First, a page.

Bratislava, Slovakia – After many tumultuous and corruption-ridden years of politics in Slovakia under the leadership of Robert Fico’s SMER-SD, the government of Prime Minister Igor Matovic – who recently stepped down over a deepening governmental crisis – appointed a new special prosecutor, Daniel Lipsic, 47, to lead the charge against corruption. But the nomination itself is already mired in controversy.
For critics, Lipsic’s appointment is a clear partisan move, bringing politics into the general prosecutors office, which should steer clear of any political intricacies in order to maintain the neutrality and independence of the position. For others, however, his nomination opens a new chapter in Slovakia’s fight against corruption, more than three years after the shocking murder of investigative journalist Jan Kuciak.
Daniel Lipsic and the question of politics
A former Minister of Justice (2002-2006) and Interior (2010-2012) and ex-MP and vice-president of the Christian Democrats (KDH), Daniel Lipsic has long been a staunch anti-corruption activist, as exemplified by his role in the infamous Gorilla corruption case. His former party KDH, however, has been involved and linked to a number of notorious graft affairs, including the “golden parachutes“, where the Minister of Transport (and head of KDH) paid millions of euros in severance bonuses to former heads of state agencies.
Lipsic eventually left KDH in 2012 to co-create a new party, NOVA, with the declared aim of reforming centrist politics in Slovakia and uniting a number of opposition movements to present a clear and viable alternative to the then-ruling Smer party of Robert Fico.
But soon after being established, his party started to unravel, unable to deliver on its promises. In an attempt to safeguard the movement, NOVA merged with OLaNO and entered into an agreement with Igor Matovic’s party for the 2016 parliamentary elections. The promising union between these two figures of the fight against corruption did not last long, despite honourable results in the 2016 ballot, where they received 11% of the votes.
Lipsic quickly stepped down from his position as MP. After accidentally running with a car over a 72-year-old pedestrian, who later died in the hospital, he decided to resign, saying that he would not be able to fully continue his duties as a member of Parliament. “The fate of this country has never been indifferent to me. I will remain available in public life,” he said at the time.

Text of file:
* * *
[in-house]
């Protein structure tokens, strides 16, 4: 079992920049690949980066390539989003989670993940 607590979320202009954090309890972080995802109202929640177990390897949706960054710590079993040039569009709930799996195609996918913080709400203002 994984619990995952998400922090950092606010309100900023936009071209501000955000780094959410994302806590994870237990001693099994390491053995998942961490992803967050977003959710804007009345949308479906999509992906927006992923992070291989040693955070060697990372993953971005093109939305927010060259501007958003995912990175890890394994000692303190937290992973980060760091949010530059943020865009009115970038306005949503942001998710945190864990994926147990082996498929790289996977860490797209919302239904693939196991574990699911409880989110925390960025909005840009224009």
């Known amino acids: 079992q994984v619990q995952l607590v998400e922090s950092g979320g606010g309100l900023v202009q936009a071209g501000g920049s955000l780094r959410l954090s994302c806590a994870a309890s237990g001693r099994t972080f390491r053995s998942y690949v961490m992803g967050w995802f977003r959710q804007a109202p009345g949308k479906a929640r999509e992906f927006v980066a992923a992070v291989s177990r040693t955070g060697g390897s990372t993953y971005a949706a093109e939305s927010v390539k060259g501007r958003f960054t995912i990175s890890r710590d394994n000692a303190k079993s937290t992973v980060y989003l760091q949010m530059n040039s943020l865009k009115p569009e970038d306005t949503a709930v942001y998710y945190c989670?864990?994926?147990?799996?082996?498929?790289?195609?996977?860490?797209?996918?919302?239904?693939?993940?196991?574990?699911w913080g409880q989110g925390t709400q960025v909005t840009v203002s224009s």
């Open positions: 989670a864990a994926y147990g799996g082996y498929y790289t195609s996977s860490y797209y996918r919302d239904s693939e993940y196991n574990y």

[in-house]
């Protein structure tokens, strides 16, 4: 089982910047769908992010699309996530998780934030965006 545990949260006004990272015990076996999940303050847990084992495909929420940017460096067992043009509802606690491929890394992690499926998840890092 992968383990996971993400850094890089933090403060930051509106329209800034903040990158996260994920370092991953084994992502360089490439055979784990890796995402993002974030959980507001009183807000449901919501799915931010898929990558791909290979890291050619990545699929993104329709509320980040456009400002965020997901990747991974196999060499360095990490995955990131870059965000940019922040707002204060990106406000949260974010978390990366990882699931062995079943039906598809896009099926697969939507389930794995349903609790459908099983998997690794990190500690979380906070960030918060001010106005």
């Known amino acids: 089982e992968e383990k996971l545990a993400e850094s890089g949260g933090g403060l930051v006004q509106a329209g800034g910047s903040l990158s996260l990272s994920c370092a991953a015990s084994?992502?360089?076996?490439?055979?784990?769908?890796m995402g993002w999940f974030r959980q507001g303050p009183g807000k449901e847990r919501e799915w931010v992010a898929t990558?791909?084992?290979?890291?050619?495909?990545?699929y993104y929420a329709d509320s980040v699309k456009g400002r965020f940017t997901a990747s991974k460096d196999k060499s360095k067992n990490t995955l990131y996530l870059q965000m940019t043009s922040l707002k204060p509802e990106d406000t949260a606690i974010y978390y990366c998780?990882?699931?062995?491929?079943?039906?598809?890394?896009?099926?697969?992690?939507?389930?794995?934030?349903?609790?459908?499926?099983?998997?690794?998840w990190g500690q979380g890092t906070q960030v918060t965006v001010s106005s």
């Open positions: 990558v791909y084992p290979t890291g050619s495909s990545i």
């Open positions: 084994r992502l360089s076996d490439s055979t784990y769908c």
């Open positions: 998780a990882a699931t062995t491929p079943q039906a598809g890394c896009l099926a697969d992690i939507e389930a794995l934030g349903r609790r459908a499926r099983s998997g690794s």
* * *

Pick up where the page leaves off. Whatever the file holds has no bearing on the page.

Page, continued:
All for Jan
After working a few years as a lawyer representing politicians and other high-profile clients, Lipsic came back in full force in the public arena taking on the legal representation of the family of Jan Kuciak and his fiancée Martina Kusnirova, both murdered in February 2018. Businessman Marian Kocner, the prime suspect in the gruesome assassination who was found not guilty (although he was sentenced to prison in a separate case of forgery), was notoriously worried about Lipsic, identified as one of his sworn enemies, getting involved in the investigation.
In the now famous Threema leak of his private communications, Kocner directly named Lipsic on his so-called death list, fearing he would come into a position of power as the Fico-led government was starting to collapse in the aftermath of the murder and mass popular protests.
Which is exactly what happened. On February 5, MPs nominated him to the highly sensitive post of special prosecutor for a seven-year term. Opposition politicians and a number of corruption watchdogs, however, expressed concerns over his political allegiances, having left politics only five years ago, and due to his close links with several members of the ruling coalition, Matovic included. The controversy only grew stronger after the rules for the nomination of top state prosecutors were changed in a law critics have labelled “Lex Lipsic”, tailor-made to allow him to run.
“His election could threaten the perceived independence of the prosecution service beyond acceptable levels,” warned Transparency International Slovakia, among others.
Initially vying for the post of general prosecutor, Lipsic eventually applied for the one of special prosecutor after President Zuzana Caputova, herself elected on a strong anti-corruption platform, vowed she would not approve his nomination due to his past political career. Soon after his appointment, a survey in February found that only a third of Slovaks trusted Lipsic as special prosecutor, while nearly 40% of respondents declared they “certainly do not trust” him.
Established thirteen years ago, the special prosecutor’s office is one of the two top organs in charge of fighting corruption and crimes at the highest level. Since its establishment in 2004, it was led by Dušan Kováčik, who is currently in custody on criminal and corruption charges. With the ruling coalition around Igor Matovic collapsing as a result of the COVID-19 pandemic and the restructuring of the government, the high stakes involved in this controversial nomination mean that Daniel Lipsic still has a long way to go to take Slovakia’s fight against corruption to the next level.